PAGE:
Every other dinner party or so, someone brings up a broad topic that one way or another ends up with me defending my often ultra liberal ideals and anti-theism. I am somewhat of a Libertarian, and what you believe in and do yourself, is completely your business and OK with me as long as you’re not forcing it on anyone else or actually hurting someone (offending someone doesn’t count as hurting).
One recurring theme I revile is the arrogant elitism many of my debaters have. An hour or so into the conversation, my experienced and fact-checked rebuttals and anecdotes make it hard for anyone to really stand by institutional religions, and in a last-ditch effort, they say “but without religion, the average people will go crazy. Who can control them? What will stop it from going to total chaos?” and some even take it up a notch, trying to flatter me with “You’re smart, you don’t need religion, but most people do.”
Scoffs are usually my initial reaction, because the above truly upsets me. I was a stupid child. I didn’t even grasp the phenomenon of numbers properly till I was in 6th grade, and thought that if the numbers on each side of a decimal point were identical, means that it’s a good grade on my report card. I was an avid believer in the Catholic Church’s teachings, and even had a brief stint with Opus Dei. I grew up thinking Charles Darwin was a demon, because my 5th grade Maths teacher said that once in class. It wasn’t till many years later that I actually read Darwin’s books, and realized that if I ever chose an idol or hero, it would most definitely be him.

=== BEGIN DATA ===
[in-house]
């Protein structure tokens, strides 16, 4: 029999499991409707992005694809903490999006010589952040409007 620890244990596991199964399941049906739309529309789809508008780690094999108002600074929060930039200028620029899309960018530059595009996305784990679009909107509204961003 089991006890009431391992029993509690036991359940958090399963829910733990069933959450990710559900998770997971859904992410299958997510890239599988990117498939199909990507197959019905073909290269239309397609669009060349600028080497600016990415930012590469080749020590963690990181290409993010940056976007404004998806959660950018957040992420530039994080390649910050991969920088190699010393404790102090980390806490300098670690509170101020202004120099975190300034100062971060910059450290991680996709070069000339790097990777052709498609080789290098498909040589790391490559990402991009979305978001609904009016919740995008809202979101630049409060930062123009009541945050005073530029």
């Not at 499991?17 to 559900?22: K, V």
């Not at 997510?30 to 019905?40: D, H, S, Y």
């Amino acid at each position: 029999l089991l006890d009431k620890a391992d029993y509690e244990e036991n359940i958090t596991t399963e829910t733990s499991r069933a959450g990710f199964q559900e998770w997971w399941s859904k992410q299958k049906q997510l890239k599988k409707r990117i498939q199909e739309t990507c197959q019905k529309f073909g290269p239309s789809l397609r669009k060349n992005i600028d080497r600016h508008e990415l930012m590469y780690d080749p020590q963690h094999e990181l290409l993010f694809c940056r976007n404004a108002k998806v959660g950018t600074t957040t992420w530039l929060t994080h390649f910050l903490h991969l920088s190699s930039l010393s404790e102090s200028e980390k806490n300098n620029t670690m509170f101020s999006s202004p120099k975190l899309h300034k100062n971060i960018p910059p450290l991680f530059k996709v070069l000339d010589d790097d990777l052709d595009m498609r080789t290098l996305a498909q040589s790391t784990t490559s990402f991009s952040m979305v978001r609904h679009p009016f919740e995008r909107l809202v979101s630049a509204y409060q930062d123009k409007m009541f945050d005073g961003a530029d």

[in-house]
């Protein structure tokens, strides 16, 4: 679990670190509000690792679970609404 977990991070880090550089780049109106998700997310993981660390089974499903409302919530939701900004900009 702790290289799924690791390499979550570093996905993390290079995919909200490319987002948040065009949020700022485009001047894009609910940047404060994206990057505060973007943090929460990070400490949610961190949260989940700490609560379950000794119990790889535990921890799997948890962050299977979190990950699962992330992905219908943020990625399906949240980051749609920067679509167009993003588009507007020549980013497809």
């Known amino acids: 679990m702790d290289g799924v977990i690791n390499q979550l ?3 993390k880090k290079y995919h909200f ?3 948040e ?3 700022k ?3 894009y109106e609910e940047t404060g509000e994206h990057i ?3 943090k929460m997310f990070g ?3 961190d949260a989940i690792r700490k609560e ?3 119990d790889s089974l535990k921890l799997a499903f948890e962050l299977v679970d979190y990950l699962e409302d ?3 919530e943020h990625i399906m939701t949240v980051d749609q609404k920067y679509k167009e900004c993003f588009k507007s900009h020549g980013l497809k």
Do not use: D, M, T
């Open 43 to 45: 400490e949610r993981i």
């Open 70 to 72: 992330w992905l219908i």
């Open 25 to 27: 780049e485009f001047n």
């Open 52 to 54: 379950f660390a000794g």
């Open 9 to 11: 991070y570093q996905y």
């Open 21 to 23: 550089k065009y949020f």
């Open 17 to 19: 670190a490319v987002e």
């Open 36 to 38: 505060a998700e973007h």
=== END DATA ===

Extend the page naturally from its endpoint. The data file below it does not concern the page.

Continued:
So, technically, I was really stupid. I was one of those “normal people” who elitist conservatives think “would go crazy and chaotic without the religious influence.” If I hadn’t had access to the necessary books, I probably would still be that conservative, complacent person. If the censorship of theories like the Big Bang and Natural Selection had actually worked, I wouldn’t be a biologist on my way to master in behavioral neuroscience. If the censorship of books that cast doubt on faith, even if fictitious, like Dan Brown’s The Da Vinci Code, actually worked, I would have never discovered the man who has become one of my favorite novelists.
I feel cheated, because I grew up a victim of censorship. I also feel angry and betrayed, for the people one would usually trust, such as clergymen and officers of the law, are actually insecure and manipulative elitists that think they know what’s best for you and me. But I am happy today that with the prospects of the Internet and duty-free shops, whatever the General Security and Church/Mosque do, is useless, and makes you go “Awwww, how cute!” at their Dark Ages-style method of crowd control.
Today, via my blog and the talks I give to young people all across the country, I try to fill the gaps censorship has torn in people’s minds. Give people the necessary information, and let them decide. Who are you to look down upon others and assume they aren’t worthy of the knowledge you possess? To assume their decisions will be the wrong ones? Heck, who are you to even decide if it’s the wrong decision?
EVERYONE deserves to know everything, and absolutely no one has the right to dictate what anyone else can read, write, watch, listen, say or think. Stop being an elitist, give people a chance, and stop flattering yourselves.
A print version of this article appeared in Issue 2 of MARCH’s FREE Newsletter distributed all over Lebanese campuses. A web version of the newsletter is available here.